The very good news is that antibiotic research by drug companies is slowly starting up again after a long sabbatical. But almost without exception, the complete story of how we got here is not told.
ACSH s Dr. Josh Bloom explains: The current discussion of this topic is almost always focused on the huge difference in price and profit that can be commanded by cancer drugs, especially compared to that of antibiotics. While this is part of the story, it is certainly not the whole story. To better understand the factors that led to this crisis, you have to go back further in time.
Things started to go downhill in 1992, when the FDA, for no good reason, came up with the idea that antibiotic clinical trials were statistically underpowered. Under their new criteria, clinical trials for new antibiotics became much more difficult, typically requiring twice the number of participants in clinical trials. The FDA also came up with some other ridiculous ideas the best example was the need for a control group that had never taken any antibiotic. But there are other factors involved.
ACSH advisor Dr. David Shlaes, former vice president of infectious disease research at Wyeth, discusses the quadruple whammy that has put us in our current precarious state: In 1999, when Roche dropped their antibiotic R&D effort, there were many reasons behind this move. First, it was the middle of the genomics era and no one was finding any new antibiotics. So the antibiotic pipelines in big pharma were mostly dry.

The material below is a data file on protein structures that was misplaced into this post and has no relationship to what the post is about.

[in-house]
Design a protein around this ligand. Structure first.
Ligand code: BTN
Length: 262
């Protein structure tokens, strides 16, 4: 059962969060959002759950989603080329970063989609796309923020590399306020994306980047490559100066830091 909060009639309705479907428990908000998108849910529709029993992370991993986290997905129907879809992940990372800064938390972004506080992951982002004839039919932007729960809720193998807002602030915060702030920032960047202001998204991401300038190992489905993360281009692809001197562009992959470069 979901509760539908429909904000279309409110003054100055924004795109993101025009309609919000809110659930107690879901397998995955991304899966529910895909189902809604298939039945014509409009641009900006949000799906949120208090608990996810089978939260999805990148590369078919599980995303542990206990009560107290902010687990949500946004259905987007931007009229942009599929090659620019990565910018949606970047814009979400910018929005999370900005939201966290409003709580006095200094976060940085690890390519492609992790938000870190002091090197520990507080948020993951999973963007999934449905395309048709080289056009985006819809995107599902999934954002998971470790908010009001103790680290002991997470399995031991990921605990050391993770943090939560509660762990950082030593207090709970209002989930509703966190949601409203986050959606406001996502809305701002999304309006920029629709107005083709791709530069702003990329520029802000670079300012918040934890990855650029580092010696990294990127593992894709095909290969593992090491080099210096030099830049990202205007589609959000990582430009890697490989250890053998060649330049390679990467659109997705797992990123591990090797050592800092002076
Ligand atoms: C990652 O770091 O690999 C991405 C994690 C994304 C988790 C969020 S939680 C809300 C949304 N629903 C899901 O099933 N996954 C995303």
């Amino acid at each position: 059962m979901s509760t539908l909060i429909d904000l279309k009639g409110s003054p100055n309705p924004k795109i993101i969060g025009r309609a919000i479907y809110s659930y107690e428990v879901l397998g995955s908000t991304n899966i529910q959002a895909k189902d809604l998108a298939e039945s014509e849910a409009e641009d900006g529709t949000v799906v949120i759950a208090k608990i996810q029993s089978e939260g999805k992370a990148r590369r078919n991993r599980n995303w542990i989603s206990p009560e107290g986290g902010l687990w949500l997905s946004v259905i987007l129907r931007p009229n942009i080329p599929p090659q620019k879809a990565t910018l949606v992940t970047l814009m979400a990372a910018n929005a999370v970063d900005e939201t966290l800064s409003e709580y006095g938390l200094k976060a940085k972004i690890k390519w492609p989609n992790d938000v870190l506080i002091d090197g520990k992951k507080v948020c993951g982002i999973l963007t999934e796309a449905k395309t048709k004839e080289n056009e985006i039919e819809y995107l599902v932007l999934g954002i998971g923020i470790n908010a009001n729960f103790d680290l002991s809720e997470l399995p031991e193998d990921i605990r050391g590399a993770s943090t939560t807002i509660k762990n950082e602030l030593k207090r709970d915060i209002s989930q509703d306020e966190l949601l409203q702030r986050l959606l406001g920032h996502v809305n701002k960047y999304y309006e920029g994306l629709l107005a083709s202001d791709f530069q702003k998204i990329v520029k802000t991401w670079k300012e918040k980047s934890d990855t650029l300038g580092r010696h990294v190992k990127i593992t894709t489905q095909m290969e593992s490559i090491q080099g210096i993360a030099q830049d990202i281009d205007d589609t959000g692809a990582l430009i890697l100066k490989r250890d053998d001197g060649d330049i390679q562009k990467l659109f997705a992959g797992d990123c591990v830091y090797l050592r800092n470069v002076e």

But there were other factors involved. says Shlaes. This was also the era of the blockbuster mentality in big pharma. A $300-500 million dollar peak year sales drug was no longer acceptable. It had to be $500 million to $1 billion or more like the antidepressants and the statins that you had to take for many years or for the rest of your life. A one week antibiotic course didn t look so good next to chronically administered drugs when you started to look at net present value and return on investment. Then there was the FDA who was starting its lets make antibiotic development harder, longer and more expensive routine that may have been the final nail in the coffin for many of the companies who left the area.
Additionally, explains Dr. Bloom, Companies did not drop antibiotic research simply so that they could sell very expensive cancer drugs in their place. In addition to the reasons above, Gleevec, the prototypical targeted cancer drug was not approved in the US until 2001 after the beginning of big pharma s exodus from antibiotic research. So, there is no way that companies could have anticipated the number of these very expensive (and profitable) drugs that would hit the market a decade later.
That being said, it seems like policy makers are now realizing the value of new antibiotics, as well as the consequences of not having them. With sufficient incentive for companies doing this work, a complete reversal of the FDA s overly stringent policy on clinical trials and a little technological luck, it is at least feasible that this will result in badly-needed new antibiotics.
For a very thorough discussion of this ongoing process, we recommend that you read Dr. Shlaes excellent blog, Antibiotics-The perfect storm.
Note: One baby step the US government s unprecedented decision to provide financial support to a private drug company (GlaxoSmithKline) to help pay for clinical trials of new antibiotics to was discussed by Dr. Bloom in his May 31st Wall Street Journal op-ed entitled A Welcome Boost in the Race for New Antibiotics.